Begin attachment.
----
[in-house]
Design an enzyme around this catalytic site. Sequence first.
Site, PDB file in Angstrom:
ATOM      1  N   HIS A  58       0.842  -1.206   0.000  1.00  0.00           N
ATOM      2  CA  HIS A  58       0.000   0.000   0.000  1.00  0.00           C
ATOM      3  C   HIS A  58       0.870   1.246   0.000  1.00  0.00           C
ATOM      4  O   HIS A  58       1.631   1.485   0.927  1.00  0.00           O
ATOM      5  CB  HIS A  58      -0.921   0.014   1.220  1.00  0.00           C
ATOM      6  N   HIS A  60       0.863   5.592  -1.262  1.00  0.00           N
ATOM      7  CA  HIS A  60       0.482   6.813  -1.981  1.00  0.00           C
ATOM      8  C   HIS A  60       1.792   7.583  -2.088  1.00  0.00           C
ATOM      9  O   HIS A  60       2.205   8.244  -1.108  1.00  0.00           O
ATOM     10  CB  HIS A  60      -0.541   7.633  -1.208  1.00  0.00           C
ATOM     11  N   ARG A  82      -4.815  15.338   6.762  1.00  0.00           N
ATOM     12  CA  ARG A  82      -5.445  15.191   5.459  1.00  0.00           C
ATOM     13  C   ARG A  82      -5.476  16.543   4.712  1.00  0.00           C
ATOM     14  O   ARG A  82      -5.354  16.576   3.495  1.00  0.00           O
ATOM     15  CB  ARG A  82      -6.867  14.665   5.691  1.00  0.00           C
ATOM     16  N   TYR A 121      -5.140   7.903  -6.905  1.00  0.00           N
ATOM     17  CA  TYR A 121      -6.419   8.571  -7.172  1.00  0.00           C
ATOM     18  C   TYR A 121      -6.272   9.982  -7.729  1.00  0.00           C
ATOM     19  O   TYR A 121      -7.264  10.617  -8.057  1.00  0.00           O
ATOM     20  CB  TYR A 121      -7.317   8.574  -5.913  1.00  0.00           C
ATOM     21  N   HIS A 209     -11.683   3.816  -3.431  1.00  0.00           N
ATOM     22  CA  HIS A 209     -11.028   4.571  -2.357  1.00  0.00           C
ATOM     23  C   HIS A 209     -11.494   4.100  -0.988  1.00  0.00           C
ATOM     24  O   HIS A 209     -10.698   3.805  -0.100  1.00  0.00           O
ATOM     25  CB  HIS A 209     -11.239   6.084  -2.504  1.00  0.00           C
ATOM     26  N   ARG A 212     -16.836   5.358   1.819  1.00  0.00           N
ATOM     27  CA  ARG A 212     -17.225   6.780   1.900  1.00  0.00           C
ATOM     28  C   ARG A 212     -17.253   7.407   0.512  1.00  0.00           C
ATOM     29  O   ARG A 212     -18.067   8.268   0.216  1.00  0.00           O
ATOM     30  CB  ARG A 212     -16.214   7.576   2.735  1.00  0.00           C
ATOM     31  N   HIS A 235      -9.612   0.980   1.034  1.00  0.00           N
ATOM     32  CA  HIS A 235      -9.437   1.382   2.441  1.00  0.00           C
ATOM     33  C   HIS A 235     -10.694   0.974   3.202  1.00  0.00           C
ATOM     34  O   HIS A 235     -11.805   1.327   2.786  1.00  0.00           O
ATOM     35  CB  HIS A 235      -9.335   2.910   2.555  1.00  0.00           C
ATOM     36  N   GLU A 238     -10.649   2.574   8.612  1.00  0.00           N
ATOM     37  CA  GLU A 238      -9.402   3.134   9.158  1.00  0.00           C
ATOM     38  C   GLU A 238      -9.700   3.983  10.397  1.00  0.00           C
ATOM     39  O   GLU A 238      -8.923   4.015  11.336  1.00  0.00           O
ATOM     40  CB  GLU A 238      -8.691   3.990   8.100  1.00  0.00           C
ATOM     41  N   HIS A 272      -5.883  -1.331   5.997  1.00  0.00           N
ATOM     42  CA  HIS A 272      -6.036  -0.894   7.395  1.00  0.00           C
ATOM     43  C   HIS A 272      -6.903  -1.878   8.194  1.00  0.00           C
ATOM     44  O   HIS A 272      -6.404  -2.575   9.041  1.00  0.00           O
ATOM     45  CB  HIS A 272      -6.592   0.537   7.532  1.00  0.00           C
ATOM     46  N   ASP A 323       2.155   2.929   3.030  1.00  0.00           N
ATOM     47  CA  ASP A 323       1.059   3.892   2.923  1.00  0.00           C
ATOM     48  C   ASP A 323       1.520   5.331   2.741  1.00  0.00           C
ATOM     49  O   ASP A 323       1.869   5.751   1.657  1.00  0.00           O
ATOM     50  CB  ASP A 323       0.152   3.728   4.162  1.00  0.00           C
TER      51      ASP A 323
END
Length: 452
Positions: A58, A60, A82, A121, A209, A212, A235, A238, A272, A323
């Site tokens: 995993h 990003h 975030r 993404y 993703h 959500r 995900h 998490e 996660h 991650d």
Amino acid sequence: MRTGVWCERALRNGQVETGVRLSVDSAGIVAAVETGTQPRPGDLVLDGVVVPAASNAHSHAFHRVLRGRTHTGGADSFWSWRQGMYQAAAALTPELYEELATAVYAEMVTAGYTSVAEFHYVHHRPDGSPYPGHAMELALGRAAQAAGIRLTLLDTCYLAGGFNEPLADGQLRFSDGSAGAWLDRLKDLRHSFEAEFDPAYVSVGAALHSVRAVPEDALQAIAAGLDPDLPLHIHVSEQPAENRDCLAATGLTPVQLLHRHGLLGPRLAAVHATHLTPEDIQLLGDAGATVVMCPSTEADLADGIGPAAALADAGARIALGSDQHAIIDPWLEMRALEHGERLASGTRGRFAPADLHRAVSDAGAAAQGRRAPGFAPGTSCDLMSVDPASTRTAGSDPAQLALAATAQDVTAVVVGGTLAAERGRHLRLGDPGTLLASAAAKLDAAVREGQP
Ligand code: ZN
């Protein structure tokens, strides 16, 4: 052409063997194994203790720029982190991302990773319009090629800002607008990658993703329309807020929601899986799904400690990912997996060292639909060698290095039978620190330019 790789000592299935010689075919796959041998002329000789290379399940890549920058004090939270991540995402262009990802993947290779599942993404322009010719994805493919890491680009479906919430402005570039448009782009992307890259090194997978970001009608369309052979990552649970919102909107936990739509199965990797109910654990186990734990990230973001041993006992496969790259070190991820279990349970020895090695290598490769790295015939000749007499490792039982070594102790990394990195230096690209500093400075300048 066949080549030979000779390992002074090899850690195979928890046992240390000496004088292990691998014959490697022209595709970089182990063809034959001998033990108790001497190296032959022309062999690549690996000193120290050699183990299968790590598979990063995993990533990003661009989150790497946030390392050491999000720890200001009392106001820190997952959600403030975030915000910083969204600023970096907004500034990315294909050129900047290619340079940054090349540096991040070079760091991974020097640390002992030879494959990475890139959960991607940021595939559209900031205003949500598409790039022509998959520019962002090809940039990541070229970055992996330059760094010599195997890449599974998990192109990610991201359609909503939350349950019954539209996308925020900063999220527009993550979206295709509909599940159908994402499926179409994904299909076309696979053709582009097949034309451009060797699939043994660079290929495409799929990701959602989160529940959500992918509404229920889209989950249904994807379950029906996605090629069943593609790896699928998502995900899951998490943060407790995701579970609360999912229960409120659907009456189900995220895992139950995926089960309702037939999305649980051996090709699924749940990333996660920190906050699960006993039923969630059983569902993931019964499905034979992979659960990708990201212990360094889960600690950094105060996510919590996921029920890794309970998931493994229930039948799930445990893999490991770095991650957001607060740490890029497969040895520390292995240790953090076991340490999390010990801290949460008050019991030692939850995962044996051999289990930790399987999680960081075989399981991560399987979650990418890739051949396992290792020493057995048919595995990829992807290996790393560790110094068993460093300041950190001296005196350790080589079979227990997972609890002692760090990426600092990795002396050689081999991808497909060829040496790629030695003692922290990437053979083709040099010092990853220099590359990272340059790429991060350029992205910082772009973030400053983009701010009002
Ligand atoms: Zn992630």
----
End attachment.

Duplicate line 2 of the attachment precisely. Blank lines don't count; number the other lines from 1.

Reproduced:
Design an enzyme around this catalytic site. Sequence first.